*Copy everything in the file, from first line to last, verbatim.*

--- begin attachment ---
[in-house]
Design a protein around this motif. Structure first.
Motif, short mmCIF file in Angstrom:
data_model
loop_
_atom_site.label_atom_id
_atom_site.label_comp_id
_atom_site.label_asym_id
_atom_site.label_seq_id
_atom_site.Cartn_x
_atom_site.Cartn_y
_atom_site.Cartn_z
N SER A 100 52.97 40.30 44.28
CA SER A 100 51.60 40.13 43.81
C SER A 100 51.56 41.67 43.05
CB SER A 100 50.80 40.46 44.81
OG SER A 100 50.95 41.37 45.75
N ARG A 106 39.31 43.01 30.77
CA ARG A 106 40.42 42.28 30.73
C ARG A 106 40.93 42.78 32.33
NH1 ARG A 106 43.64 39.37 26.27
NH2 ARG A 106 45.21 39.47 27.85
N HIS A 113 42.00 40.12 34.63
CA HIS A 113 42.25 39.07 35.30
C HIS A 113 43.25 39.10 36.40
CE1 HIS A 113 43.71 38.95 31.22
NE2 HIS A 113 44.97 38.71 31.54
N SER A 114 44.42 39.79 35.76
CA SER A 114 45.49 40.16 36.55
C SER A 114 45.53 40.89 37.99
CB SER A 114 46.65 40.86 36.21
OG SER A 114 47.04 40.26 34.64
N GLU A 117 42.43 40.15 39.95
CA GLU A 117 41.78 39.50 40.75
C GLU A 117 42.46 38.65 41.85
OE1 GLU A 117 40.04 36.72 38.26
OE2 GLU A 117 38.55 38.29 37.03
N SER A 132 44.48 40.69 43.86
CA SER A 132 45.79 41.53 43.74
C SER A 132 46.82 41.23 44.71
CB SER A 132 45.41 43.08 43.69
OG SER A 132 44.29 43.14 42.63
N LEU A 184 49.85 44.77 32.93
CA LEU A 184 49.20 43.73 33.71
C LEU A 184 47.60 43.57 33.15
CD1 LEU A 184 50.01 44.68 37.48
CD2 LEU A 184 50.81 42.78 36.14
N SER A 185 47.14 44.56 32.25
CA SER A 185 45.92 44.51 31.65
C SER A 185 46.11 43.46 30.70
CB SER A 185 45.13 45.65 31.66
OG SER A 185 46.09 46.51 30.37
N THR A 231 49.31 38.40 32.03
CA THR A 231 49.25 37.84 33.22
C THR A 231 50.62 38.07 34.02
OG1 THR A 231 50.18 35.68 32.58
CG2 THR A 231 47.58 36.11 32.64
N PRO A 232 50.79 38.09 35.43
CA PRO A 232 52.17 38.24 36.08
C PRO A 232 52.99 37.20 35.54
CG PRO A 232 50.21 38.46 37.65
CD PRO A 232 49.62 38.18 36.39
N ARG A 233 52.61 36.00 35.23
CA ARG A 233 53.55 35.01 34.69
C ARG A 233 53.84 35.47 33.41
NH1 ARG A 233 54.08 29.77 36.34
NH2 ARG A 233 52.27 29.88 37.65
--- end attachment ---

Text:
[in-house]
Design a protein around this motif. Structure first.
Motif, short mmCIF file in Angstrom:
data_model
loop_
_atom_site.label_atom_id
_atom_site.label_comp_id
_atom_site.label_asym_id
_atom_site.label_seq_id
_atom_site.Cartn_x
_atom_site.Cartn_y
_atom_site.Cartn_z
N SER A 100 52.97 40.30 44.28
CA SER A 100 51.60 40.13 43.81
C SER A 100 51.56 41.67 43.05
CB SER A 100 50.80 40.46 44.81
OG SER A 100 50.95 41.37 45.75
N ARG A 106 39.31 43.01 30.77
CA ARG A 106 40.42 42.28 30.73
C ARG A 106 40.93 42.78 32.33
NH1 ARG A 106 43.64 39.37 26.27
NH2 ARG A 106 45.21 39.47 27.85
N HIS A 113 42.00 40.12 34.63
CA HIS A 113 42.25 39.07 35.30
C HIS A 113 43.25 39.10 36.40
CE1 HIS A 113 43.71 38.95 31.22
NE2 HIS A 113 44.97 38.71 31.54
N SER A 114 44.42 39.79 35.76
CA SER A 114 45.49 40.16 36.55
C SER A 114 45.53 40.89 37.99
CB SER A 114 46.65 40.86 36.21
OG SER A 114 47.04 40.26 34.64
N GLU A 117 42.43 40.15 39.95
CA GLU A 117 41.78 39.50 40.75
C GLU A 117 42.46 38.65 41.85
OE1 GLU A 117 40.04 36.72 38.26
OE2 GLU A 117 38.55 38.29 37.03
N SER A 132 44.48 40.69 43.86
CA SER A 132 45.79 41.53 43.74
C SER A 132 46.82 41.23 44.71
CB SER A 132 45.41 43.08 43.69
OG SER A 132 44.29 43.14 42.63
N LEU A 184 49.85 44.77 32.93
CA LEU A 184 49.20 43.73 33.71
C LEU A 184 47.60 43.57 33.15
CD1 LEU A 184 50.01 44.68 37.48
CD2 LEU A 184 50.81 42.78 36.14
N SER A 185 47.14 44.56 32.25
CA SER A 185 45.92 44.51 31.65
C SER A 185 46.11 43.46 30.70
CB SER A 185 45.13 45.65 31.66
OG SER A 185 46.09 46.51 30.37
N THR A 231 49.31 38.40 32.03
CA THR A 231 49.25 37.84 33.22
C THR A 231 50.62 38.07 34.02
OG1 THR A 231 50.18 35.68 32.58
CG2 THR A 231 47.58 36.11 32.64
N PRO A 232 50.79 38.09 35.43
CA PRO A 232 52.17 38.24 36.08
C PRO A 232 52.99 37.20 35.54
CG PRO A 232 50.21 38.46 37.65
CD PRO A 232 49.62 38.18 36.39
N ARG A 233 52.61 36.00 35.23
CA ARG A 233 53.55 35.01 34.69
C ARG A 233 53.84 35.47 33.41
NH1 ARG A 233 54.08 29.77 36.34
NH2 ARG A 233 52.27 29.88 37.65